The melancholy days are come, the saddest of the year,
Of wailing winds and naked woods and meadows brown
and sear.
The Death of the Flowers.
And sighs to find them in the wood and by the stream no



The victory of endurance born.
Truth crushed to earth shall rise again,
The eternal years of God are hers;
But Error, wounded, writhes with pain,
And dies among his worshippers.


A Scene on the Banks of the Hudson.

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The Battle-Field.


When Freedom from her mountain-height
Unfurled her standard to the air,
She tore the azure robe of night,

And set the stars of glory there.
She mingled with its gorgeous dyes.
The milky baldric of the skies,


And striped its pure, celestial white
With streakings of the morning light.
Flag of the free heart's hope and home!
By angel hands to valour given!
Thy stars have lit the welkin dome,

And all thy hues were born in heaven.
Forever float that standard sheet!

Where breathes the foe but falls before us,
With Freedom's soil beneath our feet,

And Freedom's banner streaming o'er us?
The American Flag.

JOHN KEATS. 1795-1821.

A thing of beauty is a joy forever;
Its loveliness increases; it will never
Pass into nothingness.

He ne'er is crown'd With immortality, who fears to follow Where airy voices lead.

Endymion. Book i.

To sorrow

I bade good-morrow,
And thought to leave her far away behind;
But cheerly, cheerly,

She loves me dearly;

She is so constant to me, and so kind.

So many, and so many, and such glee.

Love in a hut, with water and a crust,
Is Love, forgive us! cinders, ashes, dust.

Book ii.

There was an awful rainbow once in heaven:
We know her woof, her texture; she is given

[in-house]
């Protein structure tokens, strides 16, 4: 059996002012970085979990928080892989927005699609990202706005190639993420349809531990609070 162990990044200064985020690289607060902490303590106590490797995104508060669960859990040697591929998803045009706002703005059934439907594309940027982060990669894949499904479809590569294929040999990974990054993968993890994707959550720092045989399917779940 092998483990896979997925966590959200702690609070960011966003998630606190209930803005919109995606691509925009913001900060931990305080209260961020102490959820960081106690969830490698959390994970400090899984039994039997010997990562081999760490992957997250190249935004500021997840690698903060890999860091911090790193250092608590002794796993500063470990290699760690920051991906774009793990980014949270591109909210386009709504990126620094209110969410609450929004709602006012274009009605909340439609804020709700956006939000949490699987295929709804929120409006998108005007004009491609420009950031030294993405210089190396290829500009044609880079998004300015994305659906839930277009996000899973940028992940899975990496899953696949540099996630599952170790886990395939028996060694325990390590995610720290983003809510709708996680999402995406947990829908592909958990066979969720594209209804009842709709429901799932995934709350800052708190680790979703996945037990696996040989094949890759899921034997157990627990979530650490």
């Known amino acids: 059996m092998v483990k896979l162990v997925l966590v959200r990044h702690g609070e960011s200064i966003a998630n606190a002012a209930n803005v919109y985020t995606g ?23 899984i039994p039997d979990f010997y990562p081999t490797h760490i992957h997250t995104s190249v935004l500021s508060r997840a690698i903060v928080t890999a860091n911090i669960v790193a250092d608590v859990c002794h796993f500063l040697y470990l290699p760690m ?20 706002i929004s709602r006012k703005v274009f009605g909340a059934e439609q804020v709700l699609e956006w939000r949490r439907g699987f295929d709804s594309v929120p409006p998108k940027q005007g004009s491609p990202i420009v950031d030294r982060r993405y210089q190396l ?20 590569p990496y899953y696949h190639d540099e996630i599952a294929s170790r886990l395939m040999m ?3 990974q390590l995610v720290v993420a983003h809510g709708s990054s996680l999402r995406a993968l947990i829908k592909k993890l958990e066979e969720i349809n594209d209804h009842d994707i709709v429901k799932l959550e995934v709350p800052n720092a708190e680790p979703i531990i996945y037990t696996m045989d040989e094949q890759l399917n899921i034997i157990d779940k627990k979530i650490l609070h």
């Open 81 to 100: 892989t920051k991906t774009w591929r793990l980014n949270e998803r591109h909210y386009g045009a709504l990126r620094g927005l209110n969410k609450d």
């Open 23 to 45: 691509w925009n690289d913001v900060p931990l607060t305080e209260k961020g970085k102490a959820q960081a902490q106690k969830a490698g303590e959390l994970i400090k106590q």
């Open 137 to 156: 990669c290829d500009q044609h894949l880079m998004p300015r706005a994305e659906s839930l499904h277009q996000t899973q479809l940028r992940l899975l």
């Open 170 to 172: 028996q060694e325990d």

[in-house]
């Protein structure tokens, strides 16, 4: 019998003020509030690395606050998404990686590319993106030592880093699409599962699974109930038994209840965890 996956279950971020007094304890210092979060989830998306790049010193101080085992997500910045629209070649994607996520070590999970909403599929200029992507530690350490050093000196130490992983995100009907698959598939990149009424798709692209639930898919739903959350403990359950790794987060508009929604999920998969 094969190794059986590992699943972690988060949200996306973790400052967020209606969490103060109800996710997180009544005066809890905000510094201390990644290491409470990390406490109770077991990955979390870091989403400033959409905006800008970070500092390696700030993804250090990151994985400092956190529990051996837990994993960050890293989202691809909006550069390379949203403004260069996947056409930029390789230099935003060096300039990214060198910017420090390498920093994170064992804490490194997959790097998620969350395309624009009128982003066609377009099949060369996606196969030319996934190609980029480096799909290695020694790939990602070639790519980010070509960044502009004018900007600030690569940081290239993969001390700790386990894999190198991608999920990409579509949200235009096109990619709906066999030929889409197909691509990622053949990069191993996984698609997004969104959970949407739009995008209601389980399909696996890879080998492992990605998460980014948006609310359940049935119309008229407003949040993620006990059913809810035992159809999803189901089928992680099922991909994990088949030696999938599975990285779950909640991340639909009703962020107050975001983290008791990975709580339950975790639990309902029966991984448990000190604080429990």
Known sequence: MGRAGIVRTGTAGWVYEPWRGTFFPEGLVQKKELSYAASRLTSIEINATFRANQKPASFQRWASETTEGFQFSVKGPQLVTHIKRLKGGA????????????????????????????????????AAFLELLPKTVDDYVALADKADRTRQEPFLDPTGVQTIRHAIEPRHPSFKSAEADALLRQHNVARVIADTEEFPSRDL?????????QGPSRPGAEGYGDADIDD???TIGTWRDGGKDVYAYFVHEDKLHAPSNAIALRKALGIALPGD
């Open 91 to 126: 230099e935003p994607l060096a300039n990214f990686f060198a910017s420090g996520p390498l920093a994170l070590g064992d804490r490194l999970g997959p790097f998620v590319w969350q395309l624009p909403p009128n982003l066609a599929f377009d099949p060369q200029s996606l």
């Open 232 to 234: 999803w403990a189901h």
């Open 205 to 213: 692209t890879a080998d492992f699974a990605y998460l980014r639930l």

In the dull catalogue of common things.
Philosophy will clip an angel's wings.

Book iv.


Lamia. Part ii.


Music's golden tongue
Flatter'd to tears this aged man and poor.
The Eve of St. Agnes. Stanza 3.

The silver snarling trumpets 'gan to chide.
Asleep in lap of legends old.

Sudden a thought came like a full-blown rose,
Flushing his brow.

A poor, weak, palsy-stricken, churchyard thing.

As though a rose should shut and be a bud again.

And lucent syrops, tinct with cinnamon.

He play'd an ancient ditty long since mute,
In Provence call'd "La belle dame sans mercy."

That large utterance of the early gods!

Those green-robed senators of mighty woods,
Tall oaks, branch-charmed by the earnest stars,
Dream, and so dream all night without a stir.
The days of peace and slumberous calm are fled.
Dance and Provençal song and sunburnt mirth!
Oh for a beaker full of the warm South,
Full of the true, the blushful Hippocrene!
With beaded bubbles winking at the burn,
And purple-stained mouth.

Stanza 4.

Stanza 15.

Charm'd magic casements, opening on the foam
Of perilous seas, in faery lands forlorn.

Stanza 16.

Stanza 18.

Stanza 27.

Stanza 30.

Stanza 33.

Hyperion. Book i.

Though the sad heart of Ruth, when sick for home
She stood in tears amid the alien corn;

The same that ofttimes hath


Book ii.

Ode to a Nightingale.